The armed group of squatters at the preserve today have claimed they are protesting the federal government's acquisition of private land, but according to a report from the Oregonian, the preserve never fell out of the government's control.
The Supreme Court ruled on the case both in 1902 and again in 1935, proof that locals have long challenged the federal government's presumption of ownership. But in both cases, the federal government was found to be in possession of the land. The Hammond Family, who inspired the militia's takeover of the reserve, had a long history of tension with the refuge. Dwight Hammond gave death threats on at least four occasions to refuge managers, and fights over water rights between the family and the refuge were common. Both Dwight and Steven Hammond are currently serving five-year-sentences for arson on federal lands.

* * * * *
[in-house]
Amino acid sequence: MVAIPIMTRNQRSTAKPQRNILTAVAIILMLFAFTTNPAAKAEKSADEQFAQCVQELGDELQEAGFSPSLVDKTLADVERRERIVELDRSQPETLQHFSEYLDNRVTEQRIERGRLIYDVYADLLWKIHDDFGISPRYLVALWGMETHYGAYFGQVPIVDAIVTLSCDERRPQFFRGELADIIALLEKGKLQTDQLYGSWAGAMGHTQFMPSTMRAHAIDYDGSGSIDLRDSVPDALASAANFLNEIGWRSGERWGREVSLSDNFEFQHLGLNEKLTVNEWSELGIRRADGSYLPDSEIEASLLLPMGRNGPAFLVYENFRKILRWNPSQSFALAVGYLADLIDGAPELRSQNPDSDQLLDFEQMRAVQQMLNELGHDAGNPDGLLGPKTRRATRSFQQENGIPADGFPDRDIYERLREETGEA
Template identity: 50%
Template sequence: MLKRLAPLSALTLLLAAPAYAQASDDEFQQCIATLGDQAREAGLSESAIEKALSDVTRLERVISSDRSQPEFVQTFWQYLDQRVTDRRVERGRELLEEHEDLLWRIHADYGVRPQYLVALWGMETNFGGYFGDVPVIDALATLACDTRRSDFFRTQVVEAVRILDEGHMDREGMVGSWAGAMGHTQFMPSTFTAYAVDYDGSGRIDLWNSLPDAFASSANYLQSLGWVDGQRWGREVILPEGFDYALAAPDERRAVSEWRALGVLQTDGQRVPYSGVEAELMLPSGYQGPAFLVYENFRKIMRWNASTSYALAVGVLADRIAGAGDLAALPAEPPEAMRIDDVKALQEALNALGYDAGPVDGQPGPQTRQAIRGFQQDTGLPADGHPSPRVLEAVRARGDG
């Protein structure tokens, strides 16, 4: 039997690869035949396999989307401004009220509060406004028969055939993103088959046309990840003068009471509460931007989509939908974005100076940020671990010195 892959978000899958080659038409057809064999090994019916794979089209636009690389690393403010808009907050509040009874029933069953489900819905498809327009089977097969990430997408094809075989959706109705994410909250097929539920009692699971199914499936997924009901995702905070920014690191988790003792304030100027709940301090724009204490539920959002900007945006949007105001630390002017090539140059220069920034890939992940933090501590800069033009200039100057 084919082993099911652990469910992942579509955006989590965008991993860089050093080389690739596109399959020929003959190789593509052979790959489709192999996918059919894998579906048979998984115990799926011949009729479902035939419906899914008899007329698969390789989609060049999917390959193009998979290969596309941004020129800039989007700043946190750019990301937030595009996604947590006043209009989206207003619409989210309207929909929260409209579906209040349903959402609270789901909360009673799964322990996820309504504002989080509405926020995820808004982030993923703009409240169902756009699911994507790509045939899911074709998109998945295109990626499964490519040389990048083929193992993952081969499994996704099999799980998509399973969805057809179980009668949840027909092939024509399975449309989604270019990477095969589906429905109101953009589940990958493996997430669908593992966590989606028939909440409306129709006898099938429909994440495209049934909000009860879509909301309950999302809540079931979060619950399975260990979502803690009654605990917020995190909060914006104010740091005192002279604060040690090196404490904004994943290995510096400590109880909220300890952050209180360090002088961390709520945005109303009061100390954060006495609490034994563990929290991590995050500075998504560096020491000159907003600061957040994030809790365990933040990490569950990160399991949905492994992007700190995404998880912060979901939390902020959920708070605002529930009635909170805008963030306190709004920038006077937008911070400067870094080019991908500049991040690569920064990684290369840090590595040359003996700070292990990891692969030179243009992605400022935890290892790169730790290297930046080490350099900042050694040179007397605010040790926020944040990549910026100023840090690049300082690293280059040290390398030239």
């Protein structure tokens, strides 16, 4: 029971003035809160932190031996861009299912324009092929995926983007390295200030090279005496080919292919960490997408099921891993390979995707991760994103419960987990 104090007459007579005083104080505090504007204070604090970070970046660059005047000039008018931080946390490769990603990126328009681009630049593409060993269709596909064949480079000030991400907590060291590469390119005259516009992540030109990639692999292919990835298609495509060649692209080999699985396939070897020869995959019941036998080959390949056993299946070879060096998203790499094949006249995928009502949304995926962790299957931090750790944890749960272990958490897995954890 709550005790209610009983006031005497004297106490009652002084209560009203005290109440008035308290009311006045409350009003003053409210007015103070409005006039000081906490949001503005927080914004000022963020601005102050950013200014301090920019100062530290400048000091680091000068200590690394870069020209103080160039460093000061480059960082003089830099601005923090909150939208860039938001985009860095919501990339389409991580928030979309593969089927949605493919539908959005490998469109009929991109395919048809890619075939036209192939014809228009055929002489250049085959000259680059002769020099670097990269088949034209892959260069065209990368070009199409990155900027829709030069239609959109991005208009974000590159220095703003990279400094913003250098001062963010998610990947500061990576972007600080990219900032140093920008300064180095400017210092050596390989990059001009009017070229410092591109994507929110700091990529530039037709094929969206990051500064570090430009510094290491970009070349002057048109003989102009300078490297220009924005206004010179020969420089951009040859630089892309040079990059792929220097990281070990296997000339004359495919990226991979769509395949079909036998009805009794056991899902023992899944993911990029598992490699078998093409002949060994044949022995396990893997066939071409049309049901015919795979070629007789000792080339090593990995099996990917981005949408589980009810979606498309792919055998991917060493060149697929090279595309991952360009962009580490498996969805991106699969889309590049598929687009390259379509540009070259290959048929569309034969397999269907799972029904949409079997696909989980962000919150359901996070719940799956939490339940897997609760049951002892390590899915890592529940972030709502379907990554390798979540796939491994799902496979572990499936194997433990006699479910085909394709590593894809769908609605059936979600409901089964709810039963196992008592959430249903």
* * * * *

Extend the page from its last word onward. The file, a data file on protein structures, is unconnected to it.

But, the Oregonian has set the record straight that "before Oregon was admitted to statehood, the United States is shown to have acquired title which it has never in terms conveyed away," Justice Harlan Stone wrote in 1935.